In 2013 Budapest decided to reconsider its entire strategic planning process and develop a new transport development strategy guided by the European Commission’s Sustainable Urban Mobility Plan (SUMP) principles.
The new strategy, the Balázs Mór Plan, was developed and drafted by Budapest’s transport operator and - as set out in the SUMP concept - together with the public and other stakeholders. The new plan creates a solid framework within which upcoming projects will be prepared and implemented. The final document of strategic objectives and measures is expected to be adopted before end of 2015.
With 1.74 million people - and 2.9 million in the larger urban area (2001) - Budapest is one of the largest cities in the European Union. The Centre for Budapest Transport (BKK) operates the public transport in the Budapest agglomeration, which consists of four metro lines, five suburban railway lines, 33 city tram lines, 15 trolleybus lines and 264 bus lines. In 2014 45 per cent of people used public transport; 35 per cent travelled by car; 18 per cent walked; and 2 per cent cycled.
In 2001 Budapest adopted a development plan for a city transport system, which was reviewed in 2009. In 2013 the city decided to reconsider the entire strategic planning process and develop a new transport development strategy for Budapest, the Balázs Mór Plan (BMT).
As one of the first steps of the process of drafting its new plan, the BKK performed an analysis of mobility problems in Budapest, which allowed it to identify six key issues to be addressed:
1. A lack of infrastructure and transport vehicle maintenance and periodic renewals;
2. Inappropriate responses to a changing lifestyle and solutions to pollution;
3. Significant inadequacies in the network structure;
4. Fragmented developments without being integrated into a system;
5. Sectoral and sub-sectoral approaches and a lack of cooperation;
6. Fragmented regulations which impede complex solutions.
Then, through the experience gained in its involvement in the EU-funded CH4LLENGE project, which assists cities with four key elements of sustainable urban mobility planning (participation; cooperation; measure-identification; monitoring and evaluation), the BKK was able to develop a clear and focused plan that was followed the principles of the SUMP concept.
This included involving over 200 institutions (district, agglomeration and county local governments; professional and civic organisations; interest-based representative bodies and authorities) in professional and public discussions. The proposed changes that arose as part of this public consultation process, which started in June 2014 and which lasted a year, were approved by the city council in June 2015.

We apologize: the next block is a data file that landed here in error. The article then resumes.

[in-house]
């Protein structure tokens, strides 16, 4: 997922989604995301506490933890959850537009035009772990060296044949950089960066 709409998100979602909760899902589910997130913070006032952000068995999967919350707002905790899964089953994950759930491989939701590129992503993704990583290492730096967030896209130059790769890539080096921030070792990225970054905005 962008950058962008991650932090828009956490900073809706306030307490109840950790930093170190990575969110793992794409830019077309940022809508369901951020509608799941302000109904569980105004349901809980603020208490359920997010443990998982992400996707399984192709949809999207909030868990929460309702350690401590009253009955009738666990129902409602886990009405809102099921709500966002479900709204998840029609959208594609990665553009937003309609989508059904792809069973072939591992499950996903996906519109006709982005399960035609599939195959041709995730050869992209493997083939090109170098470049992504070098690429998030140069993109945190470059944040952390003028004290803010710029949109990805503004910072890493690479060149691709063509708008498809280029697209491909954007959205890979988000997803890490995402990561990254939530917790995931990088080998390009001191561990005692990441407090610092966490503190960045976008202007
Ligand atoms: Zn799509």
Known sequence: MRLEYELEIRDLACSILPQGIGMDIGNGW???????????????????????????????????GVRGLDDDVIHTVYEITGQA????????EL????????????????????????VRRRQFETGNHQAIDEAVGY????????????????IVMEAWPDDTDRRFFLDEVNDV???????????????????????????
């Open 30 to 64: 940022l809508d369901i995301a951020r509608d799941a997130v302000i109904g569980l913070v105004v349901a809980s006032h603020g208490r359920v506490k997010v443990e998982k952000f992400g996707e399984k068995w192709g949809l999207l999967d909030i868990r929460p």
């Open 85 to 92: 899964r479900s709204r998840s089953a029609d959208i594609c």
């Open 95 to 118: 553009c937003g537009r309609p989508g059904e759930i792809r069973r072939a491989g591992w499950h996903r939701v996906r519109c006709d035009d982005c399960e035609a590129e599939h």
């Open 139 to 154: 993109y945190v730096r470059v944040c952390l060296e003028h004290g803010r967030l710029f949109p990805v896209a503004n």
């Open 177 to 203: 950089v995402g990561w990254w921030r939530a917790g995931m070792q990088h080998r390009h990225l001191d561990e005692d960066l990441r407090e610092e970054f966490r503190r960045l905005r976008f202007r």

Although there are no legally defined models for SUMP institutional cooperation in Hungary, the BMT also contains a special section dedicated to regional and institutional cooperation. At the moment, the BMT contains general measures and does not yet include a common monitoring and evaluation framework. More detailed measures and a monitoring and evaluation framework will be drafted in the next phase. The final BMT document is expected to be approved before end of 2015, marking the completion of the first-half of the SUMP cycle.
The main characteristics of the BMT are integration, efficiency, overall quality and sustainability. It is a strategic plan which is in strong accordance with related local, national and EU-level plans. It is the first transport development strategy of Budapest completed by the principles of sustainable urban mobility planning and the first transport development strategy for Budapest which went through a comprehensive public consultation. It is also the first integrated transport development strategy of Budapest which provides smart objectives for each transport mode which will be completed with an indicator, monitoring and evaluation system to measure the completion of the three strategic objectives of the plan: a liveable urban environment; safe, reliable and dynamic transport, and; three cooperative regional connections.
The BMT does not contain concrete projects, but it does contain an integrated package of measures in four areas of intervention related to the strategic objectives:
- MORE CONNECTIONS (integrated network development, liveable public spaces, Interoperable systems and comfortable intermodal nodes)
- ATTRACTIVE VEHICLES (comfortable and passenger friendly vehicles, environmentally friendly technologies)
- BETTER SERVICES (improving the quality of service level, active awareness raising)
- EFFICIENT GOVERNANCE (consistent regulations, regional cooperation)
The BMT creates a solid framework within which upcoming projects will be prepared and implemented. It signals the introduction in Hungary of an urban transport strategic plan aimed at improving quality of urban life, and satisfying the mobility needs of the population and its enterprises.
The BMT is not the end but the start of a continuous process of project preparation and implementation, and the evaluation of the implemented projects - taking into account the experiences and impacts of the investments and using this in the preparation of the subsequent projects. It is a good example which can be a very useful source of inspiration for other cities for the first phase of the SUMP process.